This paper was delivered at the Wendat Studies Conference in Wendake, Que in June 2012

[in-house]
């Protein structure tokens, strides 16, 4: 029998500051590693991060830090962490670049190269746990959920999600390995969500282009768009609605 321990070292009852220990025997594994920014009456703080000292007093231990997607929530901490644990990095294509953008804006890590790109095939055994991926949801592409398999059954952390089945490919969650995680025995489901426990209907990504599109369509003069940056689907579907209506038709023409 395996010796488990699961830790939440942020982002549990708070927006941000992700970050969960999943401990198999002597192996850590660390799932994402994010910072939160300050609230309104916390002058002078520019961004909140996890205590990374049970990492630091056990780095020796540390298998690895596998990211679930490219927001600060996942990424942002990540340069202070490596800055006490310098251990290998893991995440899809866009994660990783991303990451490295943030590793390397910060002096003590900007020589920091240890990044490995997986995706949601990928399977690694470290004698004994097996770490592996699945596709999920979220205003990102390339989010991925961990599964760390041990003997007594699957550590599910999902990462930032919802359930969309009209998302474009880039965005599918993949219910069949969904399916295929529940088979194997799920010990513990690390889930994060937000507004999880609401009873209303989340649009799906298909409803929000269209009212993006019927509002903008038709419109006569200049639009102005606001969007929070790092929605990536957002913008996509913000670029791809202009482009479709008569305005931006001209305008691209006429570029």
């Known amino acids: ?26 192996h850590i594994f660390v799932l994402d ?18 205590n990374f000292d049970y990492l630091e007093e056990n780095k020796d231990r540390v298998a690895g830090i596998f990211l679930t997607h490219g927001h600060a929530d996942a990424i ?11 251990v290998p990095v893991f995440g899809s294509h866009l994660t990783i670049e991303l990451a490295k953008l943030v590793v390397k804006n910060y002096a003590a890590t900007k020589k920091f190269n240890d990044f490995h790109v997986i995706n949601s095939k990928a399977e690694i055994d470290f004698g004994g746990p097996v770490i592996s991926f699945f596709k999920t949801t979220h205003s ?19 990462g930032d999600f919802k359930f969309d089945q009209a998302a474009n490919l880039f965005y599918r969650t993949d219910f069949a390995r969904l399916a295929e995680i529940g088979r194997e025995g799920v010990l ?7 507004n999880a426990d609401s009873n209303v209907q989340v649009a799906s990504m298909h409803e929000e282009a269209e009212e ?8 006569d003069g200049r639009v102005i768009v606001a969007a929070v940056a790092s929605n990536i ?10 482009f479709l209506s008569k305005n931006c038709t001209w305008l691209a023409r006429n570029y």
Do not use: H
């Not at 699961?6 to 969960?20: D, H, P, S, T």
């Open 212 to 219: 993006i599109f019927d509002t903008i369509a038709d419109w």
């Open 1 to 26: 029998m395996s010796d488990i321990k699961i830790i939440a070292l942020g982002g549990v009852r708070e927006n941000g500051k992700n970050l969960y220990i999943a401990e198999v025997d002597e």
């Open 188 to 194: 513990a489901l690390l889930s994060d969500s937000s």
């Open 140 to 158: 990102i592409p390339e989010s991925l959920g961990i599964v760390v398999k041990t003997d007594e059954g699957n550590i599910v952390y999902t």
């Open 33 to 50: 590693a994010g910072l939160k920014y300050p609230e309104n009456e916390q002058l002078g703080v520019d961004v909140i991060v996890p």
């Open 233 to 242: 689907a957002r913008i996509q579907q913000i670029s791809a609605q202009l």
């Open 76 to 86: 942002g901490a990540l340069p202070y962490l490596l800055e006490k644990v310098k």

Abstract: The Huron-Wendat at Jeune-Lorette were different from the other Aboriginal communities who had moved into the St. Lawrence valley during the seventeenth century. Unlike the Abenaki and Mohawk along the St. Lawrence, who lived much closer to the home villages of their ancestors, the Huron-Wendat had been driven from Wendaké in the mid-seventeenth century; parts of their former Confederacy were spread over thousands of kilometers around the Great Lakes and St. Lawrence valley. This paper addresses how some Huron-Wendat at Jeune-Lorette and Detroit overcame the large distance between their communities during the mid-to-late eighteenth century. Over the course of the eighteenth century, these people continued to be connected by kinship, religion and the French military. This paper explores the nature of these relationships, focusing on their communal identity and asking whether these connections were a seventeenth-century legacy from Wendaké or whether they developed after the Confederacy dispersed.

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